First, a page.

Monday, 28 March 2011

succulent thoughts

succulent blossoms

The end of summer is a funny thing. The garden starts changing, mornings are darker, the birds get up later (a good thing as we have some noisy ones around here), even the cat sleeps in :) And the season of serious chai drinking begins!

I rescued these succulent blossoms as they were beginning to wither and dry out on their plants a few days ago. When they're fresh they have a beautiful orange colour, but when dry as you can see here, quite pink. Am I a bit of crazy woman for having dried out succulent blossoms, old seed pods, and driftwood all over the house? Other people have fresh flowers, me the deader and more dried out the better. I love the way their stems go a boney-white, a bit like Georgia Okeefe's paintings of cow bones dried out in the New Mexico desert sun. I just love that washed out look.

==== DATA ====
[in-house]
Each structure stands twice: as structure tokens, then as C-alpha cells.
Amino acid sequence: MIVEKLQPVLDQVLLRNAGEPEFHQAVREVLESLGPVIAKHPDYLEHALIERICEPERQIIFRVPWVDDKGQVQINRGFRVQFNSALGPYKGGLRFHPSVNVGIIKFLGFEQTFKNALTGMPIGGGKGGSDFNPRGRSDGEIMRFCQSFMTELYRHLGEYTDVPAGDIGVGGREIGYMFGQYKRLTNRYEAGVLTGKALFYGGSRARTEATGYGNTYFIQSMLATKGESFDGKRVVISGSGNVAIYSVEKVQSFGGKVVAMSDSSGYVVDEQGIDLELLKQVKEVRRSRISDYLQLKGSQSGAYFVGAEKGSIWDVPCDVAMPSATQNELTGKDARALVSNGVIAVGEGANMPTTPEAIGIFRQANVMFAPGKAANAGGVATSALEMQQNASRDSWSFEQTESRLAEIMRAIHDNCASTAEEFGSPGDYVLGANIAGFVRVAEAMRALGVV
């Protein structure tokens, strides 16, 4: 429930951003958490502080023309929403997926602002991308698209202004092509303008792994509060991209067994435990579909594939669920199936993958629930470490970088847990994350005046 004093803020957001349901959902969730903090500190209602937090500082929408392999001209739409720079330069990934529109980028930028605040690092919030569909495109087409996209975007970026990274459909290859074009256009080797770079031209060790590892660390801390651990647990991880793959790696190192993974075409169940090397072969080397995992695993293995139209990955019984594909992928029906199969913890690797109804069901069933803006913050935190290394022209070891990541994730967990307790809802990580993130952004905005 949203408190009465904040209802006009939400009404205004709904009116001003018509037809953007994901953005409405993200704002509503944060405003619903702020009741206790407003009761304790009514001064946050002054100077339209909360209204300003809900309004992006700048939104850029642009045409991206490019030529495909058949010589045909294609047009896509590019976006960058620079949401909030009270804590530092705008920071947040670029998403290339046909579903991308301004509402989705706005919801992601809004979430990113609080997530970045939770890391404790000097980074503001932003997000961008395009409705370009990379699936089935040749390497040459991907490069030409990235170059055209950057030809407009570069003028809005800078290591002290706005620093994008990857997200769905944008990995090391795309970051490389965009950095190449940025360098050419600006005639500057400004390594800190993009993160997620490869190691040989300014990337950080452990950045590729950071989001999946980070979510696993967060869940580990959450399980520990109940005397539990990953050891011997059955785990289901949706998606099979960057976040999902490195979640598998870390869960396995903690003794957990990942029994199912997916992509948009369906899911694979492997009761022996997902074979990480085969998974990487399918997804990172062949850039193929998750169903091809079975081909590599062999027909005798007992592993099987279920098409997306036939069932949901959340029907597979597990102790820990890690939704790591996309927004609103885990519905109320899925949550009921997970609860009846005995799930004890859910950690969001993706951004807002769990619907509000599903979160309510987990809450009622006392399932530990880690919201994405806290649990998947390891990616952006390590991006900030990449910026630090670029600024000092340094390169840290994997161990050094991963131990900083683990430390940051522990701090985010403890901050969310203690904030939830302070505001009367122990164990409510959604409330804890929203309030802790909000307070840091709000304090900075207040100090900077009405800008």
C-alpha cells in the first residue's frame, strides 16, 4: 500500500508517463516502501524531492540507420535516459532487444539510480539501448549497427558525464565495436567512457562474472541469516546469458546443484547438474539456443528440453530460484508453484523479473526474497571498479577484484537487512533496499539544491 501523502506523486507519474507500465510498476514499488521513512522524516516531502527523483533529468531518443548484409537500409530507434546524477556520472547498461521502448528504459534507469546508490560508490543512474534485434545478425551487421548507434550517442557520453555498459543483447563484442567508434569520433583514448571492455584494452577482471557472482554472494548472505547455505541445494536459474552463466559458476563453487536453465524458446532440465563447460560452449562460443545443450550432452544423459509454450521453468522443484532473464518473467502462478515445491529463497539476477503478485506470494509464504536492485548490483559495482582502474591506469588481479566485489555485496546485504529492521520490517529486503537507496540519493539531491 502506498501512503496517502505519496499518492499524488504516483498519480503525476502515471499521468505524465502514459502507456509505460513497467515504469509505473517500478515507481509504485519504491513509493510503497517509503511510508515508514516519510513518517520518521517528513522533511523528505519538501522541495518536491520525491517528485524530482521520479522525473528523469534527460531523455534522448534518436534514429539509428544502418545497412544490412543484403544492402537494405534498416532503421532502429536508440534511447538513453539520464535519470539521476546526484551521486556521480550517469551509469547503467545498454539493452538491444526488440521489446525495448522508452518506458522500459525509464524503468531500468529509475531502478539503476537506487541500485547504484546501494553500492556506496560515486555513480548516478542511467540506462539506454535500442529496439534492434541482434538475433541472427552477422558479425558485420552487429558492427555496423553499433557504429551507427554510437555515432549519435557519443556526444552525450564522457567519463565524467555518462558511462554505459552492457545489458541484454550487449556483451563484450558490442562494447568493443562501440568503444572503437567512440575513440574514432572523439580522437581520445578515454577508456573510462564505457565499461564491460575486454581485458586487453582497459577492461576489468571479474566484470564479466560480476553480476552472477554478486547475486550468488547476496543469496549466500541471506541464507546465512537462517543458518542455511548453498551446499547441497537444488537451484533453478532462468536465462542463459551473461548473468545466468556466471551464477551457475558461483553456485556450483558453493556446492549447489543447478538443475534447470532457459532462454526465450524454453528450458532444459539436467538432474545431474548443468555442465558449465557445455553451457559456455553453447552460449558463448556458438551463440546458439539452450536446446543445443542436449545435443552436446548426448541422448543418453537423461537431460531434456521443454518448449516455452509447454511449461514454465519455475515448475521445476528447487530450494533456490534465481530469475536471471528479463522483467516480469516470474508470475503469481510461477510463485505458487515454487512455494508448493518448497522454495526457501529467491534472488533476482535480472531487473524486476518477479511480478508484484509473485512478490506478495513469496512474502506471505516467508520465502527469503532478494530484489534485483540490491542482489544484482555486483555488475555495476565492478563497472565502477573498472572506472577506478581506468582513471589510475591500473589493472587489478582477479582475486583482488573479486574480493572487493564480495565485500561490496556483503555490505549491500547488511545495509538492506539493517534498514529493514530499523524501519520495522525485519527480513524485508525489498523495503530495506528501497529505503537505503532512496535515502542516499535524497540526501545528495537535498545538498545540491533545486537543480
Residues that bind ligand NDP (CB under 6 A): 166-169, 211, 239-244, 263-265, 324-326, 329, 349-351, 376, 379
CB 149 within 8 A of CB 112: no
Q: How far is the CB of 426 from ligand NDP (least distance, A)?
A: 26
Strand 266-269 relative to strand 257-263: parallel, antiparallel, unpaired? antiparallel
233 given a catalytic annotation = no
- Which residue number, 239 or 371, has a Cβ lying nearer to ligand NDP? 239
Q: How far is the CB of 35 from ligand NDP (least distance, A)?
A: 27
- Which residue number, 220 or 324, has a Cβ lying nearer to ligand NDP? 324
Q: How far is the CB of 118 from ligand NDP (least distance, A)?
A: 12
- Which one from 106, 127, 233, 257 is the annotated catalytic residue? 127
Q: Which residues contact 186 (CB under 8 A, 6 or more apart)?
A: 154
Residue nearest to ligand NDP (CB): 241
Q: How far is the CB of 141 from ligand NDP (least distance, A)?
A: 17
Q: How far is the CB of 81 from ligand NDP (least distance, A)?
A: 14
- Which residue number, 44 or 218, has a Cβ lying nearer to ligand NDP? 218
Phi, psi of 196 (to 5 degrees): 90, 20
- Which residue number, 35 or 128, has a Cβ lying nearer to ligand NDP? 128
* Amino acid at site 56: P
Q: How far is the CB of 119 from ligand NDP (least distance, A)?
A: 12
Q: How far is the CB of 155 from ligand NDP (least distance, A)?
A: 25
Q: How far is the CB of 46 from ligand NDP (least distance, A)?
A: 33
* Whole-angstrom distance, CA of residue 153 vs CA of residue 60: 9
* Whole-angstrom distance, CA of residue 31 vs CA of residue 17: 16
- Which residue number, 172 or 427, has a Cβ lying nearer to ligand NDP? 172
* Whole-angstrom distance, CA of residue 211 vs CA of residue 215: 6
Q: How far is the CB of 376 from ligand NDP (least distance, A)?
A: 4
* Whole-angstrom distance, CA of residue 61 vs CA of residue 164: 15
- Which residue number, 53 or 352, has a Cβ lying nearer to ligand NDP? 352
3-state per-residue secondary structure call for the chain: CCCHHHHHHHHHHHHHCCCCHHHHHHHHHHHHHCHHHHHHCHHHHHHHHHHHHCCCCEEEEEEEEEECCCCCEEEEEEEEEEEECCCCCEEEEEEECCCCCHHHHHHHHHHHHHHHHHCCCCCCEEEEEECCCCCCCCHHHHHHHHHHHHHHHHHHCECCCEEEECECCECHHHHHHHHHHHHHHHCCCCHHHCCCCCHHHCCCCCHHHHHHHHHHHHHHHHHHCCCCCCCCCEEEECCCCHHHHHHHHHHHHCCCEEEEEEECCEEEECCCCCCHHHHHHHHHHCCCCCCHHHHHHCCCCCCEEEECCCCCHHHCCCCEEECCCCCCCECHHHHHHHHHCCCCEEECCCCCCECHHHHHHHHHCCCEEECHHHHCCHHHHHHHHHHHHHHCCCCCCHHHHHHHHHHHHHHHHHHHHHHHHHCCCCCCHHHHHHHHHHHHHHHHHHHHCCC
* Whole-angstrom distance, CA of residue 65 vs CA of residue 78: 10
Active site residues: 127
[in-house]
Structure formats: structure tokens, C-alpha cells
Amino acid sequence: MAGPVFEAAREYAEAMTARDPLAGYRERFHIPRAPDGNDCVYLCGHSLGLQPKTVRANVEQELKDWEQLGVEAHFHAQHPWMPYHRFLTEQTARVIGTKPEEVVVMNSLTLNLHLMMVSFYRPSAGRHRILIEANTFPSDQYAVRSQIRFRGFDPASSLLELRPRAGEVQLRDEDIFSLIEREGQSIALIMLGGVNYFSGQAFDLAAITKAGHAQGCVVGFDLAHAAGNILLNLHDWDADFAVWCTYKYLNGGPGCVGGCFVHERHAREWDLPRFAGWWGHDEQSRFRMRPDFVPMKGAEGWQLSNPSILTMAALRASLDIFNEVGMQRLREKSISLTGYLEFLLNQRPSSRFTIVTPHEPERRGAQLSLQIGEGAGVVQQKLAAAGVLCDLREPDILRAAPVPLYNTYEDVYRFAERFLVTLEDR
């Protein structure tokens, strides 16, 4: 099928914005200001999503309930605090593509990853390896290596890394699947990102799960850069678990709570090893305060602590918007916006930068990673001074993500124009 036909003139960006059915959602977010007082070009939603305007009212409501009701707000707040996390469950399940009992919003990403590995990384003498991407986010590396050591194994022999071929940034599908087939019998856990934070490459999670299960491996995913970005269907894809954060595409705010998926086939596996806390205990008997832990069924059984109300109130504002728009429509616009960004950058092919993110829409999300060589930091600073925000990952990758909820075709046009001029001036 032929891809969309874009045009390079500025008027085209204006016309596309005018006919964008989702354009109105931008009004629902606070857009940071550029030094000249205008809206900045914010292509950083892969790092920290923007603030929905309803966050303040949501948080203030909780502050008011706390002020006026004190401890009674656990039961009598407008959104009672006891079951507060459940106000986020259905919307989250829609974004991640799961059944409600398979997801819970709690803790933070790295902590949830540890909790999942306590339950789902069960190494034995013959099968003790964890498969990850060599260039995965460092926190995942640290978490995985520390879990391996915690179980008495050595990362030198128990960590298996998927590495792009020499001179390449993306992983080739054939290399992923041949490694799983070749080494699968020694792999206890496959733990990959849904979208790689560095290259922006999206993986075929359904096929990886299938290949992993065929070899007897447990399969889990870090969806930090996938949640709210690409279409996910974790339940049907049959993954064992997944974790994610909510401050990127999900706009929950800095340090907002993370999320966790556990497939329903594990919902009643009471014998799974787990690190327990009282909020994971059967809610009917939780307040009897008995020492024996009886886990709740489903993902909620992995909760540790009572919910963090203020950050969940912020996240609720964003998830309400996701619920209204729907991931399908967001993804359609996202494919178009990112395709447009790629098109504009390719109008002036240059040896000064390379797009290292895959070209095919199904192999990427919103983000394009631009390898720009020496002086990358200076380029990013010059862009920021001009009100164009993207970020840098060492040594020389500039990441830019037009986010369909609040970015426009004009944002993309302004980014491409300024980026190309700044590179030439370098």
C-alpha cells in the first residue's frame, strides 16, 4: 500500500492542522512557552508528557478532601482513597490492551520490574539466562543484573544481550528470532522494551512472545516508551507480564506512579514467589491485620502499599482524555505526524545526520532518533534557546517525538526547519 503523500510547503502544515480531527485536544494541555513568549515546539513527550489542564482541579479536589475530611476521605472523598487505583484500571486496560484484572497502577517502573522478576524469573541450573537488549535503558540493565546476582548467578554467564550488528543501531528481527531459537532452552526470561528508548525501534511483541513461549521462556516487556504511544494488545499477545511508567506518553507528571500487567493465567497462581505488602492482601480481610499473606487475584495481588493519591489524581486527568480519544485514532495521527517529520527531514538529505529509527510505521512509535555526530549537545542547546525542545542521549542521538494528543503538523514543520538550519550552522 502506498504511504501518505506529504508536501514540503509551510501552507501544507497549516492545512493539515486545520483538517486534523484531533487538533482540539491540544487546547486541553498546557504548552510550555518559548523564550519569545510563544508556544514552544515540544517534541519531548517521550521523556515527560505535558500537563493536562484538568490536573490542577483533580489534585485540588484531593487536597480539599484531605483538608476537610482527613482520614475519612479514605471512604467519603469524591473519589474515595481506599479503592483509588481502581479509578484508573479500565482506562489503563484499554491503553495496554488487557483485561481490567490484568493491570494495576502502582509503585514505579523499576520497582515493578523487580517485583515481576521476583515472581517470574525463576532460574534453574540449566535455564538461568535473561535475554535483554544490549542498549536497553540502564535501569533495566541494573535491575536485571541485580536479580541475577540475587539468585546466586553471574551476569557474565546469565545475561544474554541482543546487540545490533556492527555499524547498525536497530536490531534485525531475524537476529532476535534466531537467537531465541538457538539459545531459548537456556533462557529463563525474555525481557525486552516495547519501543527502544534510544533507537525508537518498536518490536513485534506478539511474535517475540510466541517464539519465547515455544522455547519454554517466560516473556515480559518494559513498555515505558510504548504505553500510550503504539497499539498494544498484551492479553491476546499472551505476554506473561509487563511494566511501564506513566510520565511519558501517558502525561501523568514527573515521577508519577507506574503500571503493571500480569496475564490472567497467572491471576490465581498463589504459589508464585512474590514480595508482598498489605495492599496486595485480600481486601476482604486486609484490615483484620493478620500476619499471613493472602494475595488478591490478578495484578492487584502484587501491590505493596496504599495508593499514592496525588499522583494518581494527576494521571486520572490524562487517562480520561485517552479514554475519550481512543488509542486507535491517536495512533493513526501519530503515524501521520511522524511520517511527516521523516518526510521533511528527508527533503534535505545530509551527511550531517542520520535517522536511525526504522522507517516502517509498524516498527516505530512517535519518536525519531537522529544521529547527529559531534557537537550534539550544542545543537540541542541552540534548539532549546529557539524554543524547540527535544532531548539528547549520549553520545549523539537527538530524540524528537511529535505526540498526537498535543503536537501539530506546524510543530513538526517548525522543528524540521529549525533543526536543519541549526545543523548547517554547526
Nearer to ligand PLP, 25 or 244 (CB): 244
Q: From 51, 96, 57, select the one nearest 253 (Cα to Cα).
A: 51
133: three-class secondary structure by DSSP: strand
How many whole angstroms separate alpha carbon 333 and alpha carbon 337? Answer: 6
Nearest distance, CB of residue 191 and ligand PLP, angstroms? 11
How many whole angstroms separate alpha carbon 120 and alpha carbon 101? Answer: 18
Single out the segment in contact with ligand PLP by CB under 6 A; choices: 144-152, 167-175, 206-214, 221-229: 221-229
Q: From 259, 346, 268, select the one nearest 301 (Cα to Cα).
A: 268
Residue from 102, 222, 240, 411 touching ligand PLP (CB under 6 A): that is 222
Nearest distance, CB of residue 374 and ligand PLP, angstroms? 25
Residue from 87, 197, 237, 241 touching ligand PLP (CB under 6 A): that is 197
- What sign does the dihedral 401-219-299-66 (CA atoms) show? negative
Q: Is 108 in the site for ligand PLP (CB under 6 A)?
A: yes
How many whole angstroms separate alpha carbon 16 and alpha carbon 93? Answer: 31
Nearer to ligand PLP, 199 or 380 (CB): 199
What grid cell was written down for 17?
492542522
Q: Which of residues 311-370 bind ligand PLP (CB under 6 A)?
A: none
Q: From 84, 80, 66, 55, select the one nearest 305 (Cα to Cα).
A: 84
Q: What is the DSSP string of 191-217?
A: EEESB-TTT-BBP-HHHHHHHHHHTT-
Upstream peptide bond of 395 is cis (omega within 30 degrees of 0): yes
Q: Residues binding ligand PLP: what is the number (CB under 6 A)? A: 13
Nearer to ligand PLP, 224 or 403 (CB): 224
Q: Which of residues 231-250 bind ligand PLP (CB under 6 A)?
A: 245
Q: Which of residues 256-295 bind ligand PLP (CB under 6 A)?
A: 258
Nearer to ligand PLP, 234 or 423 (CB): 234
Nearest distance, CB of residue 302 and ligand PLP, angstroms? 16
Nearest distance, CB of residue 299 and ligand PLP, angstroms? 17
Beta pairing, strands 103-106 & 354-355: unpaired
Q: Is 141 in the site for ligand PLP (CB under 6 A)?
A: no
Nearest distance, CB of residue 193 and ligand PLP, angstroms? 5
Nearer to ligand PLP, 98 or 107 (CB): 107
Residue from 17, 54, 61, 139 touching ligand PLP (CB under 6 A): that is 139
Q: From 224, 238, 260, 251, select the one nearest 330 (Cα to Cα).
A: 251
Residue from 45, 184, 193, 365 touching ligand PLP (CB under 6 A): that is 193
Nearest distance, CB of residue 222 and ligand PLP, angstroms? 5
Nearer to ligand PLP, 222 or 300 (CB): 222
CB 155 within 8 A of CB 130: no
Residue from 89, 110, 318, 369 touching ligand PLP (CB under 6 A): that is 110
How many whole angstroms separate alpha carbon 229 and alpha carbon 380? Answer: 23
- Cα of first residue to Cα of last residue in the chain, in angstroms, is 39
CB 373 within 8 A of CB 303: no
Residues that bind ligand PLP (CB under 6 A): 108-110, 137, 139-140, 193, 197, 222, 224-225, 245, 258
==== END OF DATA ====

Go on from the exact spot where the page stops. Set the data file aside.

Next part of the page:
Cow's Skull with Calico Roses, Georgia O'Keefe

I quite like pressed leaves and flowers too. Here's a quick wikihow link to flower pressing in case you're keen.

Are you a fresh or dried flower person? And are you a collector of things?


  1. Those dried succulent blossoms are amazing! Which plant are they from? My succulents never flower. I treat them very mean.

    I'm also a nature collector - driftwood, flowers, shells, seed pods, leaves, stones, bones, feathers, sea glass - whatever I see that is beautiful. My partner calls it my 'Blair Witch' collection! I have a particular love for dried gum leaves. Sometimes they are incredibly colourful. And they smell great too.

    I'm glad to know that I am not the only crazy collector around here!

  2. I still have all the pressed and dried leaves and seedpods that I brought from Oz over a decade ago. They are so beautiful.
    I am really happy to see this succulent blossom. It is stunning.
    You've probably seen my pressed flower/leaf collection but here is the link anyway:

  3. Glad to see I'm in good 'dead things' collector company you 2! Those pressed leaves and flowers of yours P are divine!

  4. I'd always wondered what they looked like in the "flesh", so to speak. Your prints capture them well.